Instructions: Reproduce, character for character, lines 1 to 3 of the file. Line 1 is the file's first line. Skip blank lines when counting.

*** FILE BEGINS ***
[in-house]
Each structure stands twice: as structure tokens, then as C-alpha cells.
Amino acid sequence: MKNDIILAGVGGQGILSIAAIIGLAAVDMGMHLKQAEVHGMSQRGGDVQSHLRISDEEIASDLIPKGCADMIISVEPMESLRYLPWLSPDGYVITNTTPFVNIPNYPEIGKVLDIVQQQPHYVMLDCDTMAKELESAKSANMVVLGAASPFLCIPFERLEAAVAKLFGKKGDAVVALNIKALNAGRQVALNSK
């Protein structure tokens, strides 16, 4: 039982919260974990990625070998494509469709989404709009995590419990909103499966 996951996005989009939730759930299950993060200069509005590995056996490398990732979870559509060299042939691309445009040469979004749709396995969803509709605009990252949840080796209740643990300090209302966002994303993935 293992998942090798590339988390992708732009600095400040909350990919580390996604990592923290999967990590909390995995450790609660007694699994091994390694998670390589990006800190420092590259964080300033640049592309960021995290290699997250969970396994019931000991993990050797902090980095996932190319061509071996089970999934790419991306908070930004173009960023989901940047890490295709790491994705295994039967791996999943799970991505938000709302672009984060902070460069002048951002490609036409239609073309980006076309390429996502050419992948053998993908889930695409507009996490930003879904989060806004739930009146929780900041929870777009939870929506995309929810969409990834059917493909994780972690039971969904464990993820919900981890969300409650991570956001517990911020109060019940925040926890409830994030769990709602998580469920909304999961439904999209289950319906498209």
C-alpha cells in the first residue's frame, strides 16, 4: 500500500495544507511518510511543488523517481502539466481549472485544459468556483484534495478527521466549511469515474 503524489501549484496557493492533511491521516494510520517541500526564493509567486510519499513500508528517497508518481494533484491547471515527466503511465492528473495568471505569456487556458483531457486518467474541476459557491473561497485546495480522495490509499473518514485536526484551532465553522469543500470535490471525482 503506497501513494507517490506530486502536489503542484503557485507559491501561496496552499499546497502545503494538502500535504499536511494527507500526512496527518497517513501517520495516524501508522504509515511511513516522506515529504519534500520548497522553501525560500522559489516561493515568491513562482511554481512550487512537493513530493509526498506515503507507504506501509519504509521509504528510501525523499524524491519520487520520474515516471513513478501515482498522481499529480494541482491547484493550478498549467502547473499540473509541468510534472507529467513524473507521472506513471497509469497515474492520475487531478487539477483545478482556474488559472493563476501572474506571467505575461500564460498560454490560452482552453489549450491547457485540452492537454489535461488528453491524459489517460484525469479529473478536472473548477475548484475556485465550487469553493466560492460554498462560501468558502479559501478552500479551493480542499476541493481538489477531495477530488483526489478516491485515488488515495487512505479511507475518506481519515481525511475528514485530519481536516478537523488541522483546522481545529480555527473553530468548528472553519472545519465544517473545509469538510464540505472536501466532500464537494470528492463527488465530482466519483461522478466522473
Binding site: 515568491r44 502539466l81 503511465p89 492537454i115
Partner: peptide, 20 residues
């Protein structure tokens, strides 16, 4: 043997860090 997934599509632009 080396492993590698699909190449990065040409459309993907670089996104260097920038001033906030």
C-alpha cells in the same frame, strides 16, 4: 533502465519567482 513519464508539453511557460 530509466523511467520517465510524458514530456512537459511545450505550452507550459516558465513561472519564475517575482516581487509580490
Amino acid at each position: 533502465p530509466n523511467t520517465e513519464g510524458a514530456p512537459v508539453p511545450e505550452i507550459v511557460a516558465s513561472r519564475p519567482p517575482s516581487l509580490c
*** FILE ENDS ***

[in-house]
Each structure stands twice: as structure tokens, then as C-alpha cells.
Amino acid sequence: MKNDIILAGVGGQGILSIAAIIGLAAVDMGMHLKQAEVHGMSQRGGDVQSHLRISDEEIASDLIPKGCADMIISVEPMESLRYLPWLSPDGYVITNTTPFVNIPNYPEIGKVLDIVQQQPHYVMLDCDTMAKELESAKSANMVVLGAASPFLCIPFERLEAAVAKLFGKKGDAVVALNIKALNAGRQVALNSK